About open sinus-lifts
How is a traditional sinus lift performed?
Are you concerned with the way you will look and feel after a traditional “open” sinus lift procedure? You should be. The open sinus-lift is highly invasive, cuts a large amount of gum and bone, and is painful.
A traditional open sinus-lift is a highly-invasive surgical procedure that requires the cutting of bone and gum. When bones and gums are cut, you suffer from pain, extensive swelling, and bruising. As a result, patients stay indoors to heal for an average of 7 days, missing work and even avoiding family and friends, until all visible facial trauma subsides.
How is an open sinus-lift surgery performed?
Open sinus-lift surgery is a highly specialized procedure. It requires the know-how of expert dentists known as oral surgeons or periodontists. The surgical procedure itself takes about 1 to 1.5 hours and requires the following steps:
On the day of the sinus-lift surgery
- Cutting the gums:Your surgeon will cut the tissue in the upper gums, raising the tissue and exposing the bone before making an incision, or opening, in the bone.
- Cutting the jaw bone: An opening, known as a “lateral window”, is created in the bone to expose the membrane lining of the sinus that separates your sinus from your jaw. This membrane is pushed up and separated from your jawbone.
- Raising the sinus membrane: The delicate membrane that lines the inside of the sinus is peeled from the sinus floor, using a tool resembling a small spatula. This operation is quite difficult to perform and very often causes the membrane to tear, increasing both surgery time and the likelihood of complications.
- Bone graft insertion: Bone graft material is inserted into the opening. There are several types of graft materials that can be used – your own bone, animal bone, or a synthetic substance.
- Closing: After the bone graft insertion, the tissue is closed by placing a collagen membrane patch and applying a few stitches. The bone graft remains in place for several months until it hardens and bonds with your jaw, which takes between 6 and 9 months.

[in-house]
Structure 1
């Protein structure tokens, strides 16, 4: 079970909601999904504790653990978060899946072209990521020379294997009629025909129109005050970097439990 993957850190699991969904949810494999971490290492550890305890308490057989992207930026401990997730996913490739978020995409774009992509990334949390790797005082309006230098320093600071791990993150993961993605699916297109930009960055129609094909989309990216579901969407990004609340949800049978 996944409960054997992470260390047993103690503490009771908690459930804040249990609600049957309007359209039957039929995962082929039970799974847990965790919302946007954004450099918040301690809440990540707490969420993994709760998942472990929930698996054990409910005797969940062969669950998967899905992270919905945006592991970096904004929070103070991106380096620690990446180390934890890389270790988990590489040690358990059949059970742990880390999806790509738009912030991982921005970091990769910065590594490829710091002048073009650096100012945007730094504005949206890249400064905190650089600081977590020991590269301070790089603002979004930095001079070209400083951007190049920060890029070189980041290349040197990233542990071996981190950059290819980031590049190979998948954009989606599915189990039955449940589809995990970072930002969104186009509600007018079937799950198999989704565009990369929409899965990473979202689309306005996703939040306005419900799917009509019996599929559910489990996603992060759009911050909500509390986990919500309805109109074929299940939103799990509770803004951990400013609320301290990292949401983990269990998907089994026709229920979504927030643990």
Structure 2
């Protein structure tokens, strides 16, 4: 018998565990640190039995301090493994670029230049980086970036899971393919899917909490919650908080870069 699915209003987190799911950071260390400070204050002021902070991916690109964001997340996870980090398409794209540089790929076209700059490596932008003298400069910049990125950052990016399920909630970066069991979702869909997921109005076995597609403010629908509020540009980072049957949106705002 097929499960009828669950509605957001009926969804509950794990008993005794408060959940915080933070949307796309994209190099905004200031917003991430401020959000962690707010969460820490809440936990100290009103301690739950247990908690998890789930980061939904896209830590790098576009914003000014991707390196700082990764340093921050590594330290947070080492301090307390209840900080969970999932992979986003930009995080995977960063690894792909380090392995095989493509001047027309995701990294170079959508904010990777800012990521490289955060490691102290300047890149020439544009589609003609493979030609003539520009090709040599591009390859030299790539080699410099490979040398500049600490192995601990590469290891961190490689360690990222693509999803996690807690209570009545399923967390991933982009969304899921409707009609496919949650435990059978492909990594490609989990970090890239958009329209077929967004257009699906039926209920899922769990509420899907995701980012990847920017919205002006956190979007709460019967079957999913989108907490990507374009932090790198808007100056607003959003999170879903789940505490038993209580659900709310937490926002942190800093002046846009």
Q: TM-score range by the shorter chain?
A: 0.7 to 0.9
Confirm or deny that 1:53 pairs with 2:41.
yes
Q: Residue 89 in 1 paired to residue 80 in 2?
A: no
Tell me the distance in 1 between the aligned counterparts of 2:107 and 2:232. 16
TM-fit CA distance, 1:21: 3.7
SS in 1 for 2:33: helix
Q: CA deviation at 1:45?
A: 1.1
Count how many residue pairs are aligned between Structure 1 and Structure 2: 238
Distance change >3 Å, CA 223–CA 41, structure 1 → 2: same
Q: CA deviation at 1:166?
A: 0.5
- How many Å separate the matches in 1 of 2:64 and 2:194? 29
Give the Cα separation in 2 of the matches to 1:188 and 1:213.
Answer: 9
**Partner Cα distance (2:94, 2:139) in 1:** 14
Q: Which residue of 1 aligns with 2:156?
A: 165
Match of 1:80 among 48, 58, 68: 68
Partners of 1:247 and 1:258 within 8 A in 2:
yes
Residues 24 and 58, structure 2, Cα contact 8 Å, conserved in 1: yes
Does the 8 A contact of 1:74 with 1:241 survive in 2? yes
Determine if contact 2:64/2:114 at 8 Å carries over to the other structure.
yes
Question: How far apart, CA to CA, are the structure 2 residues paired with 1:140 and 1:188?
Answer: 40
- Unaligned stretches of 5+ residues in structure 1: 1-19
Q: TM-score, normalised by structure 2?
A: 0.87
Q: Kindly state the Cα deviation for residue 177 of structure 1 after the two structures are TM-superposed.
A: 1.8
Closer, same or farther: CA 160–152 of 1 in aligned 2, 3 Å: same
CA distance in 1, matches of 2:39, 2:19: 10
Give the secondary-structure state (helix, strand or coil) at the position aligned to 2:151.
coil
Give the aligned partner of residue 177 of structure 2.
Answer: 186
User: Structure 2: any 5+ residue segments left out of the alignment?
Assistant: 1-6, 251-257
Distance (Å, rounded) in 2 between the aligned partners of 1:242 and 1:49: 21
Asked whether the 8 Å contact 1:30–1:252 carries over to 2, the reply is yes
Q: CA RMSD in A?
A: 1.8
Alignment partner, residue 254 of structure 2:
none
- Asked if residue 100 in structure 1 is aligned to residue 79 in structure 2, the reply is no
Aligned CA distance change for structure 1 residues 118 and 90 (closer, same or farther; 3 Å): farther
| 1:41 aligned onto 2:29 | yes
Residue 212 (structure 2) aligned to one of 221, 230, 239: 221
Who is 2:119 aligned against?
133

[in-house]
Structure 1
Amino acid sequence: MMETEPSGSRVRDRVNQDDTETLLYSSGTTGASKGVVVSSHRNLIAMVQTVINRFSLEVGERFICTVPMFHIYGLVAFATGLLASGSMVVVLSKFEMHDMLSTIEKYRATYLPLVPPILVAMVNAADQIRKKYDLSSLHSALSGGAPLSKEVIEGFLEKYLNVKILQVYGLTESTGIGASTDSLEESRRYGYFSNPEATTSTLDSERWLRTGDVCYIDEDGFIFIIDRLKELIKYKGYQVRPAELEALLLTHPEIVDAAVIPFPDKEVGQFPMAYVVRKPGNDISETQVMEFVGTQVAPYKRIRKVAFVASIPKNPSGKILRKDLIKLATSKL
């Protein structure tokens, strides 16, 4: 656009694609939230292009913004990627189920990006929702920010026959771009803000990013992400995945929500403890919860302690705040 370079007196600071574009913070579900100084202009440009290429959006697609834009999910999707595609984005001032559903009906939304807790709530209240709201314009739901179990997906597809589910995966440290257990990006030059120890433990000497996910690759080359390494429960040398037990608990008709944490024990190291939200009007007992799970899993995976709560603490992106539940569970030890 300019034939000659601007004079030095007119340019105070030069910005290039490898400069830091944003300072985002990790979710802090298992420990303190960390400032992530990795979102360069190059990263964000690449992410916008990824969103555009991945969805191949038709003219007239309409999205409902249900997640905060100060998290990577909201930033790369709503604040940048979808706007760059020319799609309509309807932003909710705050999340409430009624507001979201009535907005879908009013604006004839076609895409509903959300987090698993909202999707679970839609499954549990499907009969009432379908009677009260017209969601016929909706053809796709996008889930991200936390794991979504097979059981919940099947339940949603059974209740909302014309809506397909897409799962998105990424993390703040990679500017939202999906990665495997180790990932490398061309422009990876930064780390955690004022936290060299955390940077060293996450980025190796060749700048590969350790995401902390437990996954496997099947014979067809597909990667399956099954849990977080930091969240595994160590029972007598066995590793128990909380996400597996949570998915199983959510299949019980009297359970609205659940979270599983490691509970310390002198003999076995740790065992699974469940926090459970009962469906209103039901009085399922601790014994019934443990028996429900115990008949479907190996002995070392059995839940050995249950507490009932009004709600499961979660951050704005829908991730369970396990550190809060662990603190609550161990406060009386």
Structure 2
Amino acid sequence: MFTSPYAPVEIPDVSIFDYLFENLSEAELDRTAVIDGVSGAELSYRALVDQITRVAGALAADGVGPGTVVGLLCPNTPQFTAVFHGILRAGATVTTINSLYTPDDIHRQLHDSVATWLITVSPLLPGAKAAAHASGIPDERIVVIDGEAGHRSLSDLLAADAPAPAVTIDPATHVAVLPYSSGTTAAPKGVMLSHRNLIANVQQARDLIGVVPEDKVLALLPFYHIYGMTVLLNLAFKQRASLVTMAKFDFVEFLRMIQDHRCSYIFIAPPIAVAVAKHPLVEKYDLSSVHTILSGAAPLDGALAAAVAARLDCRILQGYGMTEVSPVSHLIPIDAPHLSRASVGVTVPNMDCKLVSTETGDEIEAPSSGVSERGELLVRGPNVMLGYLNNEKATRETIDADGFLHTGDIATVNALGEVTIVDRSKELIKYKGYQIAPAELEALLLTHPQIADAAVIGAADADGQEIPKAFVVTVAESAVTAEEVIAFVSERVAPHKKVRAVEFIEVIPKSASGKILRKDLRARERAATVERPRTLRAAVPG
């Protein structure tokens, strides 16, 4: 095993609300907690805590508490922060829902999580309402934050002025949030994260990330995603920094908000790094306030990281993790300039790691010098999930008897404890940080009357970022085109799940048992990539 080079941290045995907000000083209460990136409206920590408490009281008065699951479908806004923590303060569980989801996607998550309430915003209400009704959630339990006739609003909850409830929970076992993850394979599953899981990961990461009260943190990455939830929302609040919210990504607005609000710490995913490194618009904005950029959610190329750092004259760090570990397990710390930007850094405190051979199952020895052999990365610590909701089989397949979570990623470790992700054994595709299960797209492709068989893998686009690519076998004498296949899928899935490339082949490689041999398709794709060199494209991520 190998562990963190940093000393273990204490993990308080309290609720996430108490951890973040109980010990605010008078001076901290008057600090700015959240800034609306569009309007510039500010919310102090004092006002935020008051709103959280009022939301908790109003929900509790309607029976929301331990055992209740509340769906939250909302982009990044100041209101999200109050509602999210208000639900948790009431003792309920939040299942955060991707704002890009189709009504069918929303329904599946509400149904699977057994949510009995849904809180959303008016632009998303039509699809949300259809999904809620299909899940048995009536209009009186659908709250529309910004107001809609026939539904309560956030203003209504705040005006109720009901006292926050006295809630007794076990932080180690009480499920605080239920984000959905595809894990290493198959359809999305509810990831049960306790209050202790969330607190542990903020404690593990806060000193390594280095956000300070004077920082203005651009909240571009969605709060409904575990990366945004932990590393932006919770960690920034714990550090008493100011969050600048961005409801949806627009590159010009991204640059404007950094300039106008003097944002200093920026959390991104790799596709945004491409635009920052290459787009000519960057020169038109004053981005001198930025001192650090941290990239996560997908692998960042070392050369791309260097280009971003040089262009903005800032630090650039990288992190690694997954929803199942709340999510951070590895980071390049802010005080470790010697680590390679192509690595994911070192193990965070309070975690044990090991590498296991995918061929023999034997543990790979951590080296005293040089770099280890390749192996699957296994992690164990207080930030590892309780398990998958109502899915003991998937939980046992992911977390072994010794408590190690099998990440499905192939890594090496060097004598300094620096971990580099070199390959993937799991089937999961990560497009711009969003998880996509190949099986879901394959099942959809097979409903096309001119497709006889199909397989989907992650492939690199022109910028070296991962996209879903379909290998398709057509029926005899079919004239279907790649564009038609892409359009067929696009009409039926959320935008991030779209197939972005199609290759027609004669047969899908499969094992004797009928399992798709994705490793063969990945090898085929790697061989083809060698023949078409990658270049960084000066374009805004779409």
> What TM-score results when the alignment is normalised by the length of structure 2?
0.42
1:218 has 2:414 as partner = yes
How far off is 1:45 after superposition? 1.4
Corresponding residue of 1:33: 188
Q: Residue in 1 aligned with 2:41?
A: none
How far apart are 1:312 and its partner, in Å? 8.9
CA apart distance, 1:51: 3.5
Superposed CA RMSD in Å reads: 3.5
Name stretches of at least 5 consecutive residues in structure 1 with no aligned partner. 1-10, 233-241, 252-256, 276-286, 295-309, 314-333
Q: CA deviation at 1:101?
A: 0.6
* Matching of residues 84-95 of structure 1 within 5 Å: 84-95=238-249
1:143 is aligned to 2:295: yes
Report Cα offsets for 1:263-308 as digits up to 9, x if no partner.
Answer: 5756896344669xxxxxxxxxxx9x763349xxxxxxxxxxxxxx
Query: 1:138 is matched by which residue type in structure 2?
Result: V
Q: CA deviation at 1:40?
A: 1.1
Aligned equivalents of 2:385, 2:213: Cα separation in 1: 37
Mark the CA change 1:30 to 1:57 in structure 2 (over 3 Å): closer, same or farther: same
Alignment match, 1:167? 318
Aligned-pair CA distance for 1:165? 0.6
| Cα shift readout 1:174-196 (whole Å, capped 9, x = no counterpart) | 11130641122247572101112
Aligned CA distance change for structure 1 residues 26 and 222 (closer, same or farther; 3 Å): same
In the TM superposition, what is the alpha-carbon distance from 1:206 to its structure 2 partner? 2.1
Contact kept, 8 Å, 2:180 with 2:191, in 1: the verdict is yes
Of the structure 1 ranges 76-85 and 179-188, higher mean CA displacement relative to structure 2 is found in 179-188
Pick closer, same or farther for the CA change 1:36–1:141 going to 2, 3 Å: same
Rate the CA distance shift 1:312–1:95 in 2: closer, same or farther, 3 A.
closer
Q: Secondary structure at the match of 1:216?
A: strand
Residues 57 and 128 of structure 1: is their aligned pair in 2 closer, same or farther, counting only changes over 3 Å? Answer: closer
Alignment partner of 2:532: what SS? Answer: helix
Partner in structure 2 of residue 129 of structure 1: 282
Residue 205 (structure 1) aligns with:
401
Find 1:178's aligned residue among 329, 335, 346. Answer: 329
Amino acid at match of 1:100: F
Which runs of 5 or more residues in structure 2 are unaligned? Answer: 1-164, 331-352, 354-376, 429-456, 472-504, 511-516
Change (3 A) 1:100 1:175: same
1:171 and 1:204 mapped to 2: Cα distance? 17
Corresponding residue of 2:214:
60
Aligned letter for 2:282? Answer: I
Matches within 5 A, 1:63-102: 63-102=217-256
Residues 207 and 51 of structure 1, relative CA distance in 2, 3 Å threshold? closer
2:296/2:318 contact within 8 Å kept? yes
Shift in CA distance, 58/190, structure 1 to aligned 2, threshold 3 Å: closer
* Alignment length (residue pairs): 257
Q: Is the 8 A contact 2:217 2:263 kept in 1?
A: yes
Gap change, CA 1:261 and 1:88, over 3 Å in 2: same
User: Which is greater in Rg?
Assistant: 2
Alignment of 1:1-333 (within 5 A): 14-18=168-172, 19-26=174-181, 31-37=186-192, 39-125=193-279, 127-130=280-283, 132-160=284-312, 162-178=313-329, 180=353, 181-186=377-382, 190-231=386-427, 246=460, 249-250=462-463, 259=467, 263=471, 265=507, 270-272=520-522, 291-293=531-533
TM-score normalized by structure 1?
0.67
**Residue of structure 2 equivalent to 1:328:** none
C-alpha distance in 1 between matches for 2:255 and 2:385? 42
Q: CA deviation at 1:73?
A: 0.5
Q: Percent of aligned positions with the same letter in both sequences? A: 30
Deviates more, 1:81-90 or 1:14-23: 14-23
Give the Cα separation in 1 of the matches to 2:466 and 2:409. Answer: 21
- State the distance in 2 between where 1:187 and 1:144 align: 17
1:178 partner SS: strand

In the months that follow
1.Implant placement: 6 to 9 months after the procedure described above, your dental implant can be placed in the new bone. The implant is left in place untouched, until it creates a strong bond with the bone. This can take another 3 to 6 months
2.Crown placement: Finally, after more than 12 months, you are ready for the crown, which is your new tooth.
What are the potential problems and complications of open sinus lifts?
During the procedure
The main complication of a sinus lift is the tearing or puncturing of the sinus membrane. If this happens, the surgeon will place a patch over it. If the repair is not successful, your surgeon may stop the procedure and give the hole in the membrane time to heal before continuing. You will be asked to come back after a few months to redo the procedure.
After the procedure
After your sinus lift you will experience pain, discomfort, facial swelling, and bruising. Most people spend several days at home to rest and recuperate before returning to work.
You may bleed from your mouth or nose and you will be requested to avoid blowing your nose forcefully, as it can cause the bone graft material to move, which might loosen the stitches.
There is an alternative: iRaise. Read about the iRaise Sinus Lift, a new minimally-invasive sinus-lift technique used worldwide by leading dentists.